One of the largest medieval manuscripts is the so-called Codex Gigas, also known as the Devil’s Bible, because it has a large image of the Devil on one of the pages .
The weight of the book is 75 kg, its width is 49 cm and its height is 89 cm. It is estimated that it would take at least 30 years for one person to write and draw the whole book.
According to legend, however, it took only one night to do so for an unknown monk living in the 13th century AD. The same monk was imprisoned in a cell for violation of discipline and vows, and a much more severe punishment awaited him. In an attempt to avoid punishment, the monk decided to surprise the superiors with a book that described ” all the knowledge of the earth .”
To write this book, the monk turned to the Devil himself for help. In exchange for his soul, the Devil created the Codex Gigas overnight.
Initially, the Devil’s Bible was stored in the monastery in Podlazice, in the territory of modern-day Czech Republic, near the town of Chrudim. After a while it was moved to the monastery in Brumov. In 1648, it was stolen by Swedish soldiers and taken to Sweden as a prey. In 1649 the manuscript was placed in the Royal Library of Stockholm, where it is still preserved.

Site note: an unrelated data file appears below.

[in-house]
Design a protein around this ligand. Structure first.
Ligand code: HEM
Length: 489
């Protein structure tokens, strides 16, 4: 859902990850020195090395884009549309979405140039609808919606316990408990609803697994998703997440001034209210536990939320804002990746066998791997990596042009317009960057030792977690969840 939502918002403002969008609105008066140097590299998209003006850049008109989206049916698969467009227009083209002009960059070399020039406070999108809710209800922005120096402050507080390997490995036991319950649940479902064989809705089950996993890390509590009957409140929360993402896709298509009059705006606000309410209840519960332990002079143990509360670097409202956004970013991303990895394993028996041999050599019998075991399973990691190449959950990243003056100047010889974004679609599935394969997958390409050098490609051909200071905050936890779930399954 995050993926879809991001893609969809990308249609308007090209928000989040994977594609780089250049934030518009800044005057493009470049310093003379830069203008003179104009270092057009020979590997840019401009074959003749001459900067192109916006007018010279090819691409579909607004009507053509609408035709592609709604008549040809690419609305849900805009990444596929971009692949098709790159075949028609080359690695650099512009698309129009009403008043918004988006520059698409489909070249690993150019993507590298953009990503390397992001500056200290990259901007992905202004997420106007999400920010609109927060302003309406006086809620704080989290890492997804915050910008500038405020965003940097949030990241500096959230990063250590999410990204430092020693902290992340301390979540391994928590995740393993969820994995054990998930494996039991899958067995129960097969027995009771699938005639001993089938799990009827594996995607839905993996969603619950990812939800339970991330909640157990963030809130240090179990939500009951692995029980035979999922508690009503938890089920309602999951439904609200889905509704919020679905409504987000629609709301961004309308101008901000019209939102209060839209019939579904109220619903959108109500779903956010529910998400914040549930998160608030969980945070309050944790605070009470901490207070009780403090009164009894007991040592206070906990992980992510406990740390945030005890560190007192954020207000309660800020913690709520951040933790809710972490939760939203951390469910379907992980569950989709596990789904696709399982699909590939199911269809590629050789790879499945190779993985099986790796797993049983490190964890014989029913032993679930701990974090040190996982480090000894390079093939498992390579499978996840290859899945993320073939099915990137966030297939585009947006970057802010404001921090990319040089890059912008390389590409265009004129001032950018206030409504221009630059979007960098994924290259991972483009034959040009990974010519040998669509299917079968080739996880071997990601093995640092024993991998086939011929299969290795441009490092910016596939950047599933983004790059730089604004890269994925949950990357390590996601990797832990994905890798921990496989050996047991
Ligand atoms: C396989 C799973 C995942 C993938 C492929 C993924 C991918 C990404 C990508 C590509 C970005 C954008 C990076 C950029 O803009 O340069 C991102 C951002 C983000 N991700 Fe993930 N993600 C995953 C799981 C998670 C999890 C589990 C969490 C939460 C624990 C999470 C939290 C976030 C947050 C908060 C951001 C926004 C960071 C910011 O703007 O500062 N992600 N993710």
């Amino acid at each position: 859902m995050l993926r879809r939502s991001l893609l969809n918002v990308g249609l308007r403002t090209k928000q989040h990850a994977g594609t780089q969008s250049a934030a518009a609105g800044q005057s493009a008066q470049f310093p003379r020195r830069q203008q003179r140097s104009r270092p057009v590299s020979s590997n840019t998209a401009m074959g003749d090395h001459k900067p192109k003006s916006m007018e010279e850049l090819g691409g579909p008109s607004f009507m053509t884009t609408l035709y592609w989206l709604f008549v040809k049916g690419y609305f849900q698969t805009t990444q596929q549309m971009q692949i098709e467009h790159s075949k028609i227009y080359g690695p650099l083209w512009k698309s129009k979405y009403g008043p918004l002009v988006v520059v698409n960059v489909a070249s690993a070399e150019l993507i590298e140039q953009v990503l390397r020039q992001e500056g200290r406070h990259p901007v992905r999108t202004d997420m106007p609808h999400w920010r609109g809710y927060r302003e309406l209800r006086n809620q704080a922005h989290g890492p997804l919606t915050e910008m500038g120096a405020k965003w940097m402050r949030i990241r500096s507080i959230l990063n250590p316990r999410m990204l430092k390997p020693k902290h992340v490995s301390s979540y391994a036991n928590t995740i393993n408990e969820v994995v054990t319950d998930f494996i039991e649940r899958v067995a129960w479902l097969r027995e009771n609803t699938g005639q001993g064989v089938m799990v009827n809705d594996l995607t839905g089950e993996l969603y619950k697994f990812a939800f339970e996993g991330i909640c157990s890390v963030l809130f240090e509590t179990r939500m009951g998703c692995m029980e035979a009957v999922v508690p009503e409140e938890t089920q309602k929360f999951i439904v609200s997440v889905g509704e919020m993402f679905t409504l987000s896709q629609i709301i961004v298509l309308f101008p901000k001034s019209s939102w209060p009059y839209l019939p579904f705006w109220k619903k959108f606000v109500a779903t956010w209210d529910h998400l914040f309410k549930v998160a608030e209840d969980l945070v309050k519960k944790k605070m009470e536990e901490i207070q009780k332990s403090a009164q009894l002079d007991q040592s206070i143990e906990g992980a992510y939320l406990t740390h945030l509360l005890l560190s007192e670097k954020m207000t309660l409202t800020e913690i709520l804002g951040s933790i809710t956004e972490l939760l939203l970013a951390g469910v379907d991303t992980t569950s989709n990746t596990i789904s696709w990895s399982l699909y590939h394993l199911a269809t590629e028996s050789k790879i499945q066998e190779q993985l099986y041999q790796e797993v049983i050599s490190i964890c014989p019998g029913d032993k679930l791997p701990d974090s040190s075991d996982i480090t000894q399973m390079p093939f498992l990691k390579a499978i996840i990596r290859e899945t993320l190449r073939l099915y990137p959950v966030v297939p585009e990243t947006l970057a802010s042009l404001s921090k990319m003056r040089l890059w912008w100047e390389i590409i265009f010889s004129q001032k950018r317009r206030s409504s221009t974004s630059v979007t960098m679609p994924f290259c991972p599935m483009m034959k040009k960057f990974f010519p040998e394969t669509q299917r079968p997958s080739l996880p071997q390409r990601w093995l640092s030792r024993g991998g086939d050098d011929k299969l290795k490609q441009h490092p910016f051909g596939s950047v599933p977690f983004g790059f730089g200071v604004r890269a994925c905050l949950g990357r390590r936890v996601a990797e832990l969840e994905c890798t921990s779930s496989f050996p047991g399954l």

There are 310 pages in the Devil’s Bible, but there were 320 pages before. So, 10 pages were taken and what was written in them is still unknown to anyone.
It is officially believed that the statutes of the Benedictine monastery are written on these 10 pages, but many conspiracy theorists are sure that no one would extract the written rules of the monastery from such a huge and valuable book, and that the missing pages clearly contain much more important information.
For example, the prophecies about the Apocalypse. Or, the so-called “devil’s prayer”, the reading of which, under certain conditions, is described on the vanished pages to summon the Devil. At the same time, the sheets did not just fall out of the bound book because of old age and decay. They have been deliberately removed. They were cut off from the Codex and this is evident from the cropping of these pages.
None of the historians knows when and by whom these pages were removed. In the 16th century, one of the mystics of the Paracelsus Circle became interested in the Code, and in 1590, his student visited the Brumov Monastery to study it.
The Code also attracts the attention of the Holy Roman Emperor – Rudolf II, who sought occult information in it. He even ordered the Codex to be transported to his Prague Castle. Then the legend of the Devil’s Bible began to spread. Most probably, it was Rudolf II who tore these pages, finding in them the occult records he needed.
Another oddity of Codex Gigas is that no one has even tried to rewrite this book. In those centuries, when printing was not yet invented, important manuscripts were constantly rewritten to reproduce.
Moreover, even more voluminous and complex texts have been rewritten than the Devil’s Bible.